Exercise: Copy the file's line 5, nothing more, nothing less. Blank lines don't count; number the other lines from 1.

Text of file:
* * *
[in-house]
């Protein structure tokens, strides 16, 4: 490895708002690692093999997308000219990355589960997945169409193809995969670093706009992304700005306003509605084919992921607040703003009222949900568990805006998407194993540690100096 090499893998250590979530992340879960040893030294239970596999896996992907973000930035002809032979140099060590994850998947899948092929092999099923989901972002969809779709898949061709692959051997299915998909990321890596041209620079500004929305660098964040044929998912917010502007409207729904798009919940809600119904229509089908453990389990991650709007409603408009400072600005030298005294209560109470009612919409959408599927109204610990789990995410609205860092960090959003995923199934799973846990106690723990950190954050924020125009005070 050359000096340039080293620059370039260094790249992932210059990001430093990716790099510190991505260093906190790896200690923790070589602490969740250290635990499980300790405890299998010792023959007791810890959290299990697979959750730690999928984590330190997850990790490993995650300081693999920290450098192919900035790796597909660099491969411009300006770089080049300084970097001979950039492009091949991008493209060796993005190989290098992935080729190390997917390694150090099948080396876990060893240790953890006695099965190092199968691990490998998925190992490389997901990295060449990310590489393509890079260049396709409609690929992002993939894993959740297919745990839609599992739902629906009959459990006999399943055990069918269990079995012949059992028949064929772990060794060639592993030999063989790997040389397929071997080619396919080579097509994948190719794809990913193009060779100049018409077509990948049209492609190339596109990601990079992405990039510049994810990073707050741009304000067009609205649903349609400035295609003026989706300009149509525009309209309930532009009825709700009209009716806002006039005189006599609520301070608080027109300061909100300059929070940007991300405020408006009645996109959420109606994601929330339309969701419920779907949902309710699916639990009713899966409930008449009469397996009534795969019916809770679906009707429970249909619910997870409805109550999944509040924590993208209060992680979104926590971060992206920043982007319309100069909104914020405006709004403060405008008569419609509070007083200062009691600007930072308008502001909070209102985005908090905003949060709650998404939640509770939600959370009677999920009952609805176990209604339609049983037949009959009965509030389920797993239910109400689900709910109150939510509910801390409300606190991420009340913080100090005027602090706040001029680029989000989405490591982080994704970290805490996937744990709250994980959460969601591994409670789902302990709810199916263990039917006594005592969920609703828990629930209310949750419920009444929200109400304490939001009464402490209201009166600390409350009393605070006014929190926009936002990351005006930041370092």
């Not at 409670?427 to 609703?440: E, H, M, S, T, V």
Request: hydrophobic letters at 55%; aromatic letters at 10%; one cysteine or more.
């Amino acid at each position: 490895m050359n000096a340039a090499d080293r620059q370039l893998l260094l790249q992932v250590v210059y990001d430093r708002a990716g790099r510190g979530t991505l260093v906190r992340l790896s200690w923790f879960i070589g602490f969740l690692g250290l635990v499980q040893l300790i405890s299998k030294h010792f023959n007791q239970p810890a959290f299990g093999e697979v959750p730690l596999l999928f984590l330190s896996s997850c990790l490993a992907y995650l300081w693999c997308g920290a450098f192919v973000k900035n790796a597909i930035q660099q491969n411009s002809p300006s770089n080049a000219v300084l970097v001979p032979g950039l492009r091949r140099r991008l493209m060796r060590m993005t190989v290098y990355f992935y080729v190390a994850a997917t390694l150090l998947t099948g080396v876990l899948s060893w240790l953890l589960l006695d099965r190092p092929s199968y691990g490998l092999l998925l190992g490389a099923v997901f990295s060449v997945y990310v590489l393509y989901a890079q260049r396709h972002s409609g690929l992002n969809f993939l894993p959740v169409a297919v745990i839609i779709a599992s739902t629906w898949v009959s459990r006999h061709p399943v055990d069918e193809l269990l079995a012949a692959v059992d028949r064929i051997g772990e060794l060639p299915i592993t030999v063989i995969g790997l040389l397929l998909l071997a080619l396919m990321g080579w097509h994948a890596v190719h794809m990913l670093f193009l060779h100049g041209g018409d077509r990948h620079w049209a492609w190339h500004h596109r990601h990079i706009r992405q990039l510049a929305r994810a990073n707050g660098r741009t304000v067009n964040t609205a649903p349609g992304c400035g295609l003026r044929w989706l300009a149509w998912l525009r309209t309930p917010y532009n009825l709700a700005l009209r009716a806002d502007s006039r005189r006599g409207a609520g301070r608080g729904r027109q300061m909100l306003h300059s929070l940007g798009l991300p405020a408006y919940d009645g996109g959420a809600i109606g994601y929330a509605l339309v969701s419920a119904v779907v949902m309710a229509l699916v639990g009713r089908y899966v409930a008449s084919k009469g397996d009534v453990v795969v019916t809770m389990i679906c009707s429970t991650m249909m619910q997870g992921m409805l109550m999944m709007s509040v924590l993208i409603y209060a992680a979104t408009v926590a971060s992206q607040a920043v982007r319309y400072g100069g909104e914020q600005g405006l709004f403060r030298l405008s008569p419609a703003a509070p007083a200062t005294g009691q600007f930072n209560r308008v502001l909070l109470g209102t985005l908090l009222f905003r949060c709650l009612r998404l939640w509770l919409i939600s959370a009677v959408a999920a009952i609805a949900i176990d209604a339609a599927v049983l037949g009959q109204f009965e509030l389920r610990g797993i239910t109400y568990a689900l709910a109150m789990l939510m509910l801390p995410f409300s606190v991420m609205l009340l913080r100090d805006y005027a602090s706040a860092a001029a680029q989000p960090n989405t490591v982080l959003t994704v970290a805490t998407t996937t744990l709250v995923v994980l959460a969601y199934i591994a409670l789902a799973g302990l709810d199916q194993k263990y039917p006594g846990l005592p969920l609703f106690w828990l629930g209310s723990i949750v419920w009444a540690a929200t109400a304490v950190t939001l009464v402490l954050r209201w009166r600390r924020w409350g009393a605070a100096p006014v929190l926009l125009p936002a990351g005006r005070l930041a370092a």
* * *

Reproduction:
């Amino acid at each position: 490895m050359n000096a340039a090499d080293r620059q370039l893998l260094l790249q992932v250590v210059y990001d430093r708002a990716g790099r510190g979530t991505l260093v906190r992340l790896s200690w923790f879960i070589g602490f969740l690692g250290l635990v499980q040893l300790i405890s299998k030294h010792f023959n007791q239970p810890a959290f299990g093999e697979v959750p730690l596999l999928f984590l330190s896996s997850c990790l490993a992907y995650l300081w693999c997308g920290a450098f192919v973000k900035n790796a597909i930035q660099q491969n411009s002809p300006s770089n080049a000219v300084l970097v001979p032979g950039l492009r091949r140099r991008l493209m060796r060590m993005t190989v290098y990355f992935y080729v190390a994850a997917t390694l150090l998947t099948g080396v876990l899948s060893w240790l953890l589960l006695d099965r190092p092929s199968y691990g490998l092999l998925l190992g490389a099923v997901f990295s060449v997945y990310v590489l393509y989901a890079q260049r396709h972002s409609g690929l992002n969809f993939l894993p959740v169409a297919v745990i839609i779709a599992s739902t629906w898949v009959s459990r006999h061709p399943v055990d069918e193809l269990l079995a012949a692959v059992d028949r064929i051997g772990e060794l060639p299915i592993t030999v063989i995969g790997l040389l397929l998909l071997a080619l396919m990321g080579w097509h994948a890596v190719h794809m990913l670093f193009l060779h100049g041209g018409d077509r990948h620079w049209a492609w190339h500004h596109r990601h990079i706009r992405q990039l510049a929305r994810a990073n707050g660098r741009t304000v067009n964040t609205a649903p349609g992304c400035g295609l003026r044929w989706l300009a149509w998912l525009r309209t309930p917010y532009n009825l709700a700005l009209r009716a806002d502007s006039r005189r006599g409207a609520g301070r608080g729904r027109q300061m909100l306003h300059s929070l940007g798009l991300p405020a408006y919940d009645g996109g959420a809600i109606g994601y929330a509605l339309v969701s419920a119904v779907v949902m309710a229509l699916v639990g009713r089908y899966v409930a008449s084919k009469g397996d009534v453990v795969v019916t809770m389990i679906c009707s429970t991650m249909m619910q997870g992921m409805l109550m999944m709007s509040v924590l993208i409603y209060a992680a979104t408009v926590a971060s992206q607040a920043v982007r319309y400072g100069g909104e914020q600005g405006l709004f403060r030298l405008s008569p419609a703003a509070p007083a200062t005294g009691q600007f930072n209560r308008v502001l909070l109470g209102t985005l908090l009222f905003r949060c709650l009612r998404l939640w509770l919409i939600s959370a009677v959408a999920a009952i609805a949900i176990d209604a339609a599927v049983l037949g009959q109204f009965e509030l389920r610990g797993i239910t109400y568990a689900l709910a109150m789990l939510m509910l801390p995410f409300s606190v991420m609205l009340l913080r100090d805006y005027a602090s706040a860092a001029a680029q989000p960090n989405t490591v982080l959003t994704v970290a805490t998407t996937t744990l709250v995923v994980l959460a969601y199934i591994a409670l789902a799973g302990l709810d199916q194993k263990y039917p006594g846990l005592p969920l609703f106690w828990l629930g209310s723990i949750v419920w009444a540690a929200t109400a304490v950190t939001l009464v402490l954050r209201w009166r600390r924020w409350g009393a605070a100096p006014v929190l926009l125009p936002a990351g005006r005070l930041a370092a």